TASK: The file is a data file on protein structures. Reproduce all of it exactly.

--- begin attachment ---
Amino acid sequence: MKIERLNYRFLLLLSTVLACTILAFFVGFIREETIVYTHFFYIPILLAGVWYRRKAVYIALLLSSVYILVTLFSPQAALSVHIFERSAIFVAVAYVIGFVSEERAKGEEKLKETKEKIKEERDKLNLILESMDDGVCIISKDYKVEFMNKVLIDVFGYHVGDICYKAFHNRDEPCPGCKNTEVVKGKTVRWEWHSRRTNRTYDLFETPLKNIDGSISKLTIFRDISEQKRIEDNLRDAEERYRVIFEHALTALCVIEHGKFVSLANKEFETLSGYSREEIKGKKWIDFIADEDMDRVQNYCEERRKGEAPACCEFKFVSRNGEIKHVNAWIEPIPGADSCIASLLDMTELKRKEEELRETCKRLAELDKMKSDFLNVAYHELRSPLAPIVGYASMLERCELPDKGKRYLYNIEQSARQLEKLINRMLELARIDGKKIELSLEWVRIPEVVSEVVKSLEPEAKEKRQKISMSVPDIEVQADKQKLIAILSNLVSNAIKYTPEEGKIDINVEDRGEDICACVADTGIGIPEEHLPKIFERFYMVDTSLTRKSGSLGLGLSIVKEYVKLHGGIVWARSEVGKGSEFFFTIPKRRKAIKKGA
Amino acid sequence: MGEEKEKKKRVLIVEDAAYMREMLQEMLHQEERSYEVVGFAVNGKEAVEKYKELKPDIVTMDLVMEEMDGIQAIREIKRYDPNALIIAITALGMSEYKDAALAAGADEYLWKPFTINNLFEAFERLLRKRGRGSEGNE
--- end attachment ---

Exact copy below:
Amino acid sequence: MKIERLNYRFLLLLSTVLACTILAFFVGFIREETIVYTHFFYIPILLAGVWYRRKAVYIALLLSSVYILVTLFSPQAALSVHIFERSAIFVAVAYVIGFVSEERAKGEEKLKETKEKIKEERDKLNLILESMDDGVCIISKDYKVEFMNKVLIDVFGYHVGDICYKAFHNRDEPCPGCKNTEVVKGKTVRWEWHSRRTNRTYDLFETPLKNIDGSISKLTIFRDISEQKRIEDNLRDAEERYRVIFEHALTALCVIEHGKFVSLANKEFETLSGYSREEIKGKKWIDFIADEDMDRVQNYCEERRKGEAPACCEFKFVSRNGEIKHVNAWIEPIPGADSCIASLLDMTELKRKEEELRETCKRLAELDKMKSDFLNVAYHELRSPLAPIVGYASMLERCELPDKGKRYLYNIEQSARQLEKLINRMLELARIDGKKIELSLEWVRIPEVVSEVVKSLEPEAKEKRQKISMSVPDIEVQADKQKLIAILSNLVSNAIKYTPEEGKIDINVEDRGEDICACVADTGIGIPEEHLPKIFERFYMVDTSLTRKSGSLGLGLSIVKEYVKLHGGIVWARSEVGKGSEFFFTIPKRRKAIKKGA
Amino acid sequence: MGEEKEKKKRVLIVEDAAYMREMLQEMLHQEERSYEVVGFAVNGKEAVEKYKELKPDIVTMDLVMEEMDGIQAIREIKRYDPNALIIAITALGMSEYKDAALAAGADEYLWKPFTINNLFEAFERLLRKRGRGSEGNE